New analysis suggests gender differences in how farmers adapt to climate-smart agriculture

By Timothy Mburu, CCAFS

A recent gender-focused study conducted in baseline sites in East Africa reveals some interesting results related to how men and women farmers access climate-information and are adopting climate-smart practices and strategies.

Joash Mango, a researcher with the CGIAR Research Program on Climate Change,  Agriculture and Food Security (CCAFS) and Edith Ampaire, researcher with the International Centre for Tropical Agriculture (CIAT) recently presented initial findings from their recently conducted gender-focused household survey.

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New analysis, coming later this year, reveals interesting gender differences among men and women farmers which might impact ability to adapt to and mitigate climate change. Photo: C.Schubert (CCAFS)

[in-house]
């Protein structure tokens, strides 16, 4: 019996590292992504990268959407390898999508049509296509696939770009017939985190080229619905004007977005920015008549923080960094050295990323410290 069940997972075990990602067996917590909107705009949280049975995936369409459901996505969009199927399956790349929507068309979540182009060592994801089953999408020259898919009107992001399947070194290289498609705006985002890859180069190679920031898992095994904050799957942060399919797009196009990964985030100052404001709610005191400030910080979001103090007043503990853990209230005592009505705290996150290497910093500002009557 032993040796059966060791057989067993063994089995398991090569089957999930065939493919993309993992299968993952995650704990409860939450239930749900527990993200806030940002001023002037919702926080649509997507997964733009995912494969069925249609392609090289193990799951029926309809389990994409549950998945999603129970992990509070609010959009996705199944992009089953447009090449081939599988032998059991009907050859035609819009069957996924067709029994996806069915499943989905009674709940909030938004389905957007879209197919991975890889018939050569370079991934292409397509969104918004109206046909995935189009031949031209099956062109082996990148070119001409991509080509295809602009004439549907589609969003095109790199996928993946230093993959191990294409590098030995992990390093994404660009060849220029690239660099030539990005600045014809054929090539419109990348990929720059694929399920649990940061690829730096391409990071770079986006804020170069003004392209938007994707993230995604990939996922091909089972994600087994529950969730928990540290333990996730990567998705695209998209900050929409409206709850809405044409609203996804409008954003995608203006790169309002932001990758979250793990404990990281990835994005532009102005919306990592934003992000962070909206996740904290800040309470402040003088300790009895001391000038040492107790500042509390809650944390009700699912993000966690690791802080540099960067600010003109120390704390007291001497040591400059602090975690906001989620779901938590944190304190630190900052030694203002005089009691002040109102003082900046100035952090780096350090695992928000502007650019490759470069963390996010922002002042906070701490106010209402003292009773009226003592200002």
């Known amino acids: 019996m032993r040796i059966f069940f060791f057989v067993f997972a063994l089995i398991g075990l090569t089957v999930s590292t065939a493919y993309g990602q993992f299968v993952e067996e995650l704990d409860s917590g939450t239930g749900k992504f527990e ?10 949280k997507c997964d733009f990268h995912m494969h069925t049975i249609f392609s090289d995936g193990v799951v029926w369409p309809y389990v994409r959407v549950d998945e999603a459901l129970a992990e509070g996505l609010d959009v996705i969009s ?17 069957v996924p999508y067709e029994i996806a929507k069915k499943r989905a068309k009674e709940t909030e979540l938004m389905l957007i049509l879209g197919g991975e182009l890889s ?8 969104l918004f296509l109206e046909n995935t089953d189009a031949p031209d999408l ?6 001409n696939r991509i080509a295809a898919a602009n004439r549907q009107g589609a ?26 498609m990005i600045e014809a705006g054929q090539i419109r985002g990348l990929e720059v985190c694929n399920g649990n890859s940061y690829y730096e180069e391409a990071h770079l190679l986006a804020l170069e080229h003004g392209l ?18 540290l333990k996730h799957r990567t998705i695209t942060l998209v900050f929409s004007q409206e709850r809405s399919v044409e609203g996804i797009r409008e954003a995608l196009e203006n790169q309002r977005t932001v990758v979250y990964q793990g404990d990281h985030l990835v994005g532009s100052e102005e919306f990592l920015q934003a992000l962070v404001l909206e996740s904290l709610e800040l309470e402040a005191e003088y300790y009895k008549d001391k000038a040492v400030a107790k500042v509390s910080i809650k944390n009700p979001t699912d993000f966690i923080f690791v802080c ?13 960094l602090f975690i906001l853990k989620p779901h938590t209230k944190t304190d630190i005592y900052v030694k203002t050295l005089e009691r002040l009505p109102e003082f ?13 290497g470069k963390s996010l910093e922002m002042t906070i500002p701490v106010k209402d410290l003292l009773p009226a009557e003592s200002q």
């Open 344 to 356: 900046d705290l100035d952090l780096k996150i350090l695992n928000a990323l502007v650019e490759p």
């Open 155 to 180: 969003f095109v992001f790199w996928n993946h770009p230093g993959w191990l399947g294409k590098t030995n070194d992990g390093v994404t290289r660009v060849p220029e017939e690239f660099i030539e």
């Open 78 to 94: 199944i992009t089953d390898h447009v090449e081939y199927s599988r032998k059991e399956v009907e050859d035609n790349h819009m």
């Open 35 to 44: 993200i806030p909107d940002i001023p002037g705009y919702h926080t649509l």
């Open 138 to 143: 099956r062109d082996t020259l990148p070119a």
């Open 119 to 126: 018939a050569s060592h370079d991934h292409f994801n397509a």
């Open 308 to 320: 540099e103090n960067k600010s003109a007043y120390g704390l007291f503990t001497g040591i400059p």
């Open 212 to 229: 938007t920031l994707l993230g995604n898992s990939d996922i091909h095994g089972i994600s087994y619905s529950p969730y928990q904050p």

Their presentation “Understanding Gender and Climate Change” attracted a number of participants as it was held during a well-organized Gender Workshop at the World Agroforestry Centre (ICRAF) in mid-May. The workshop, organized by CCAFS and  International Food Policy Research Institute (IFPRI) had the am

bition to present the latest research and findings out there on gender, climate change and agriculture.

The farm based studies were conducted in three of our baseline CCAFS sites, mainly in Nyando and Wote in Kenya, and Rakai in Uganda. In each site, an intra-household survey was conducted whereby men and women were interviewed separately. In total 200 households were visited.

The study, which will be released later this year, revealed that more male farmers in Nyando and Rakai had adopted to climate change through changes in agriculture practices, as compared to women in these two sites. Joash mentioned that “men are planting trees on their farms, while practicing mixed farming.”

Read more on CCAFS website

 

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